The program encompasses a wide range of guidelines whose implementation should bring about a continuous reduction and prevention of pollutant emissions to the air.

 Israel's first national program for air pollution reduction

 

On December 11, 2011, the Ministry of Environmental Protection distributed Israel’s first ever multiannual national program for the prevention and reduction of air pollution. The program encompasses a wide range of guidelines whose implementation should bring about a continuous reduction and prevention of pollutant emissions to the air. The Israel Cabinet will vote on the plan in the coming weeks.

Environmental Protection Minister Gilad Erdan stated: "Implementation of the program which was mandated under the Clean Air Law will respond to the most severe environmental problem in Israel that is responsible for the death of hundreds of people every year. Israel which is about to become the most densely populated Western country must urgently implement the program which we prepared to avoid the severe levels of air pollution which exist in countries such as China."

During the course of preparing the program and assessing the health impacts of air pollution exceedances which are expected in Israel in light of increases in population and in transportation and industrial activities, it was found that hundreds of additional deaths and thousands of additional hospitalizations will occur every year. The cost of these health damages to the economy may reach 7.8 billion shekels in 2015 and 8.5 billion shekels in 2020.

Minister Erdan noted that adoption of the program will position Israel on par with advanced countries which have adopted such plans years ago.

Following are some examples of policies included in the national air pollution reduction program:

A. Transportation

  • Broadening the scrapping program for old vehicles – increasing the amount paid per scrapped vehicle, adding vehicles from additional years of production to the benefit program, applying the program to commercial vehicles which are responsible for major air pollution.
  • Economically incentivizing high occupancy vehicles on toll roads by means of lower toll rates.
  • Moving forward the obligation to purchase lower pollution buses and promoting the use of liquefied natural gas (LNG) in public transport (beginning with a pilot project of three LNG-powered buses).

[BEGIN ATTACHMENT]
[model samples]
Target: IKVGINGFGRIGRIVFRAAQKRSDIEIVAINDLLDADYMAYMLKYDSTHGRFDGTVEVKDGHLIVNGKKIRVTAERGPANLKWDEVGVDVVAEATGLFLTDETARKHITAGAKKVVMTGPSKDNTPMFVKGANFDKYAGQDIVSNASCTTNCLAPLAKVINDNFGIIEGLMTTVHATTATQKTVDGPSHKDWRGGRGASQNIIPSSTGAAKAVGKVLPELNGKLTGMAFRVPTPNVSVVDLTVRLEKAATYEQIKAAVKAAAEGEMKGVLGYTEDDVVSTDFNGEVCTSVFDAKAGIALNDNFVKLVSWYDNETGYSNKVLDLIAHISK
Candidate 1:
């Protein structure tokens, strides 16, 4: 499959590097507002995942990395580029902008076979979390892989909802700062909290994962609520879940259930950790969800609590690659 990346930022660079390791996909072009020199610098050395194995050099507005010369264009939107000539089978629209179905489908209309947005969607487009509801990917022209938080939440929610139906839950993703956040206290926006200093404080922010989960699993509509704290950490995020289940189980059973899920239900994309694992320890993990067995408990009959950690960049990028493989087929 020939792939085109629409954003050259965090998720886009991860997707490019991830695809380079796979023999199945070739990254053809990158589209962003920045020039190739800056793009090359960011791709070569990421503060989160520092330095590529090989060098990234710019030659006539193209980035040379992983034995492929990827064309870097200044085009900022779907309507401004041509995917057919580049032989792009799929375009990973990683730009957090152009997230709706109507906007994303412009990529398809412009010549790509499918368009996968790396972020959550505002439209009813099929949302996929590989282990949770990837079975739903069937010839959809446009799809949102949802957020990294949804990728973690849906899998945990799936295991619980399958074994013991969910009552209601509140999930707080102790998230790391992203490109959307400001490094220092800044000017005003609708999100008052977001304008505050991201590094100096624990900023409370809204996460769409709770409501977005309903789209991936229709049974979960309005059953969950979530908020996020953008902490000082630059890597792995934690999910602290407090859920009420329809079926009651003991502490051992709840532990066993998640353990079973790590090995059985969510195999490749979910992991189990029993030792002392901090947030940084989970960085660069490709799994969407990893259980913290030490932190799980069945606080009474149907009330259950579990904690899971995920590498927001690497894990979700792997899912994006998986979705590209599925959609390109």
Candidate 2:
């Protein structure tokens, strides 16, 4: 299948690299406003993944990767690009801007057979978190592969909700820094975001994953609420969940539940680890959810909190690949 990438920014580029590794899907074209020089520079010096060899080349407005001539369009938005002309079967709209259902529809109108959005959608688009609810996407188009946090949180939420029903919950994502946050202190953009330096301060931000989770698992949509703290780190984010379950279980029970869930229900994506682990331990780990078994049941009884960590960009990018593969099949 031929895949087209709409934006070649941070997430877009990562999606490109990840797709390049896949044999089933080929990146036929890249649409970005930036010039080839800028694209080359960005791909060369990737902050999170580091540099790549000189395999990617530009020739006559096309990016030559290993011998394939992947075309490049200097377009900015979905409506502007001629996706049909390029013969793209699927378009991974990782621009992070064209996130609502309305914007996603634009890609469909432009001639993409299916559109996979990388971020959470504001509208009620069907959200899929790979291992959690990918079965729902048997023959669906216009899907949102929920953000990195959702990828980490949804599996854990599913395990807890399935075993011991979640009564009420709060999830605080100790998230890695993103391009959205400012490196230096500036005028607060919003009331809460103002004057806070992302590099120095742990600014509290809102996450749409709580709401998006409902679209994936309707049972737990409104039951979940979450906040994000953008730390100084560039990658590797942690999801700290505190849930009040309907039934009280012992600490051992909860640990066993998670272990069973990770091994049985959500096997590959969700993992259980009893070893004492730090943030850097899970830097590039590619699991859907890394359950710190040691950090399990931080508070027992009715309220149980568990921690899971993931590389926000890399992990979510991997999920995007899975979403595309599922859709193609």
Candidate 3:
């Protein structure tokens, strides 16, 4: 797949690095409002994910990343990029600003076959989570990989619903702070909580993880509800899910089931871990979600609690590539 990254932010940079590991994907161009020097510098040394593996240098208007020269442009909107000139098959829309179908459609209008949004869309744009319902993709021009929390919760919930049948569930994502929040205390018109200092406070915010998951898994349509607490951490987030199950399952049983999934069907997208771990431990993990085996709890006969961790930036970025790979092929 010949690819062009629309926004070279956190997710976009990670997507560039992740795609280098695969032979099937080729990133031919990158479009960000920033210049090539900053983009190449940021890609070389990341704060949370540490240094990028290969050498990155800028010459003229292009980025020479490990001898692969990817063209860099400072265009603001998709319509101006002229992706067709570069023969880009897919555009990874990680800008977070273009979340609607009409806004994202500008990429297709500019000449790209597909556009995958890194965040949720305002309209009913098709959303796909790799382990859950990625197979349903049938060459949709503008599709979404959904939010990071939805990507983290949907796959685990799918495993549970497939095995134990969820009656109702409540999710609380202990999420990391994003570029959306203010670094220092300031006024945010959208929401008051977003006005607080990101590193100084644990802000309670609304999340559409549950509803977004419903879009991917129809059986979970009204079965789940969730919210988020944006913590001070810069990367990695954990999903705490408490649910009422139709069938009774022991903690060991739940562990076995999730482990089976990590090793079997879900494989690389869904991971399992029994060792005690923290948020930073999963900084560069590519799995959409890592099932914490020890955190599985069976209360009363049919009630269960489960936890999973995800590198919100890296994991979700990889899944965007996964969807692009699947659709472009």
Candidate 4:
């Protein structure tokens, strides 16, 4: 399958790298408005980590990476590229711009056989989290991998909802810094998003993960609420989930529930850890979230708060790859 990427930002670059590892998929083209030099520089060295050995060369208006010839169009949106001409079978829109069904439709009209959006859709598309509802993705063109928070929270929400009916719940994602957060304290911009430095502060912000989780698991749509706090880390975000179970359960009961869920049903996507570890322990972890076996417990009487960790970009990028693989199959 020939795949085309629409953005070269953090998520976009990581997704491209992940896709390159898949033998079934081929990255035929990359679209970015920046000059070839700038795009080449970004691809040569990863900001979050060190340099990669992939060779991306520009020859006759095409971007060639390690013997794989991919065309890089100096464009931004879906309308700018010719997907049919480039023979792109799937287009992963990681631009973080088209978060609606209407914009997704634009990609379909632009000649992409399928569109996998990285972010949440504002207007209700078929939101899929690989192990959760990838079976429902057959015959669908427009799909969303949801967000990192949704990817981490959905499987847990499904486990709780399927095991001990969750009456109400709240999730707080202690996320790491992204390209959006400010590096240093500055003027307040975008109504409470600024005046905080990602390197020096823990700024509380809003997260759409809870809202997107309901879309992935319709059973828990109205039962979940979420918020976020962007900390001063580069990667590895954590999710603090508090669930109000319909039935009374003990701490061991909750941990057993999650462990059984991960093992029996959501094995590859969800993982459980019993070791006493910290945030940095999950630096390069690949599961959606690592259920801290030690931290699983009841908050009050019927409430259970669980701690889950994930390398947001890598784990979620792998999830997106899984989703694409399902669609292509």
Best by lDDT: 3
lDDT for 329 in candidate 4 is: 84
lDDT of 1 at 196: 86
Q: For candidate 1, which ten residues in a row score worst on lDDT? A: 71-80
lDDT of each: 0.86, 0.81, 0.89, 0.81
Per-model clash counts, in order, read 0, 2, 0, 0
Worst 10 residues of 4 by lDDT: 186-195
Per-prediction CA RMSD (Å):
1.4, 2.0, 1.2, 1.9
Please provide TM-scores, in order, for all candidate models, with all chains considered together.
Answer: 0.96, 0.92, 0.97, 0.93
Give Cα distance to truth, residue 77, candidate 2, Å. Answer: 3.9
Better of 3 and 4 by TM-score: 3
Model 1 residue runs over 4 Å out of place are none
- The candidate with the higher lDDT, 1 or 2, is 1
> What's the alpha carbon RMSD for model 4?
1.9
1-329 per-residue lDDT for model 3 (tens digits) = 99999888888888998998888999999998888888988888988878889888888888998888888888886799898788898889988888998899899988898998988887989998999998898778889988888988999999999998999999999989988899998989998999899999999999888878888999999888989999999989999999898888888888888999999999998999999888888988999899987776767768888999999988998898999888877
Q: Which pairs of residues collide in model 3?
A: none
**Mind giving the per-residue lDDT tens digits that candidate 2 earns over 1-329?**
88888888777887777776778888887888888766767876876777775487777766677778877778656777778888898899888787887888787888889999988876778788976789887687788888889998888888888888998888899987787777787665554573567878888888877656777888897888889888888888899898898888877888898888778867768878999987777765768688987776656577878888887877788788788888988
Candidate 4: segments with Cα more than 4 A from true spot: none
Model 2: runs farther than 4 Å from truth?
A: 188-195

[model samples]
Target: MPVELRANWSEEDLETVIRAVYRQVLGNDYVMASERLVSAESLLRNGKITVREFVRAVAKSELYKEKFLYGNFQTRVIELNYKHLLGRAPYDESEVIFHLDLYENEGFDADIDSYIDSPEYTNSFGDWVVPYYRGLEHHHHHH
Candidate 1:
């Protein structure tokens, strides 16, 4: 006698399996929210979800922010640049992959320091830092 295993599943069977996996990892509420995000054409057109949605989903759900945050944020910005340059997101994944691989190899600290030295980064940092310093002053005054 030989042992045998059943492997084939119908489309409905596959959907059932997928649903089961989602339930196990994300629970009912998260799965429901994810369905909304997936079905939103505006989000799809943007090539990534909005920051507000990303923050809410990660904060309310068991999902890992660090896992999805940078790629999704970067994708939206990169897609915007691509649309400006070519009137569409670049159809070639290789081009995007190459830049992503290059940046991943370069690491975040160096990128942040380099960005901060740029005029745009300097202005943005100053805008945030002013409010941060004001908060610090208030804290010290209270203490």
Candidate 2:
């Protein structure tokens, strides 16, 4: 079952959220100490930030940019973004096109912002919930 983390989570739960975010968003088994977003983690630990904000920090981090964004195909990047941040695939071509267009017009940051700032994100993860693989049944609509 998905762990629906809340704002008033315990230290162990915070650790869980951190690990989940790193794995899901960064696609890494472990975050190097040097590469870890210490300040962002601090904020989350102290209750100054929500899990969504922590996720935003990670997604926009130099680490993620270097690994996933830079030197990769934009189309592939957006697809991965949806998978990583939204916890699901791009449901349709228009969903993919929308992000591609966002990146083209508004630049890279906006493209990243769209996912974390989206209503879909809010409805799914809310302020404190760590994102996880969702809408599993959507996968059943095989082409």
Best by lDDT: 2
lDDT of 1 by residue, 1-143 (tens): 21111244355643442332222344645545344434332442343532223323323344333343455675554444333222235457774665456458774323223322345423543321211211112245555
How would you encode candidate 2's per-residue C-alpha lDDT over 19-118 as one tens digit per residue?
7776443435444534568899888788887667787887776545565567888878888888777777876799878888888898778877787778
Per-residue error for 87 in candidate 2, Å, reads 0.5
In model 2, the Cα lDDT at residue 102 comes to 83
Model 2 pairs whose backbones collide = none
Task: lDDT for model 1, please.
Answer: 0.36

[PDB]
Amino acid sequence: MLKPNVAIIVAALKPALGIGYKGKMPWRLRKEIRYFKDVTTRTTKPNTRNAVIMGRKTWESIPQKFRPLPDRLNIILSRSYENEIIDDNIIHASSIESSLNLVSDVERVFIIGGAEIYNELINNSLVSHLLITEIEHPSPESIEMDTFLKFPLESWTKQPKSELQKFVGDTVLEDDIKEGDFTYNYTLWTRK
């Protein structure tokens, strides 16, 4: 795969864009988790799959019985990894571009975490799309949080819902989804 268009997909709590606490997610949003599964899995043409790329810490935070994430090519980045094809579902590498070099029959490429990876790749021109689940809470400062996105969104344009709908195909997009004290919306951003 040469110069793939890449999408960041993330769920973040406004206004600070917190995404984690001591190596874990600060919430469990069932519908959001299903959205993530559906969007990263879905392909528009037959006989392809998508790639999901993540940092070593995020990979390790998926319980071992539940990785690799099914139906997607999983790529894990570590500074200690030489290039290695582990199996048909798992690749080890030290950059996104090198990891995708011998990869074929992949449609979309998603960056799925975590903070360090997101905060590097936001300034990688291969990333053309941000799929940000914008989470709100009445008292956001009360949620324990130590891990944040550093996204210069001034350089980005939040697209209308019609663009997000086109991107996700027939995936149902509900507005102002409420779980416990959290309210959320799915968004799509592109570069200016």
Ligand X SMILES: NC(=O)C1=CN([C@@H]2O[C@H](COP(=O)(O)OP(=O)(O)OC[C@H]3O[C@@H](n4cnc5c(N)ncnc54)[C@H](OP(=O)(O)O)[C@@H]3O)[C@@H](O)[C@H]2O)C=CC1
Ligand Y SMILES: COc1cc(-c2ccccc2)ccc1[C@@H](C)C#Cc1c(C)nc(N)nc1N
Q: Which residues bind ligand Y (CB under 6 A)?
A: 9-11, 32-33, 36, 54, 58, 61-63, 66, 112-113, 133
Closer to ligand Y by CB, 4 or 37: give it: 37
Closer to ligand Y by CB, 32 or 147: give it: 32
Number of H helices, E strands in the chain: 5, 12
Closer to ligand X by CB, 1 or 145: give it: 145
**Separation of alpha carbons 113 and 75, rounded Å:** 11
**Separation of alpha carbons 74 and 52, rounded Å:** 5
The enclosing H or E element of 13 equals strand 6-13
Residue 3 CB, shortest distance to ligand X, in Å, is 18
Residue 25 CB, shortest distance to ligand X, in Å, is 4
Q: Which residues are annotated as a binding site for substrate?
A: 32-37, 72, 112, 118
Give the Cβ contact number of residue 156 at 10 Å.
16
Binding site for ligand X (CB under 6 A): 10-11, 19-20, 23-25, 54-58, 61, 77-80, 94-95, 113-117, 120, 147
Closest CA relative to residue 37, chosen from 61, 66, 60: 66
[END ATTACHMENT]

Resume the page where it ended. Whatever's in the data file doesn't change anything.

• Encouraging employers to reduce employee commuting by private car by means of a 60 million shekel grant program to companies that will encourage their workers to reduce the use of the private car as a means of transport to work.
  • Economically incentivizing the purchase of hybrid taxis.

B. Energy production

  • Enforcing the decision of the National Planning and Building Board to operate the new power plant in Ashkelon as a natural gas station.
  • Applying an electricity tariff based on load and time to households so as to enable them to benefit from the nighttime operation of electrical appliances (washing machine, dishwasher, etc.) at reduced electricity rates.
  • Reviewing the implementation of a differential electricity tariff which is dependent on the scope of consumption and the times of consumption.
  • Formulating a plan for integrating a smart grid for electricity consumption.

C. Industry

  • Updating standards to achieve reductions in sulfur dioxide emissions from fuel consumption.
  • Formulating a plan for the reduction of respirable particles from quarries.
  • Allocating tens of millions of shekels a year for expanding the national air quality monitoring network  to cover other areas and include pollutants which are not currently monitored.

The plan was prepared by the Air Quality Division of the Ministry of Environmental Protection over the past two years. For the purpose of preparing the plan the Ministry commissioned international consulting companies which came to Israel expressly for the purpose of drafting the program, which includes a review of health and economic damages caused by air pollution. The plan is based on the work of a public expert committee on air quality in Israel and was accompanied by an interministerial committee which included representatives of government, statutory authorities, public organization and NGOs.

The plan will reduce air pollution related mortality and morbidity and will save the economy about a billion and a half shekels every year.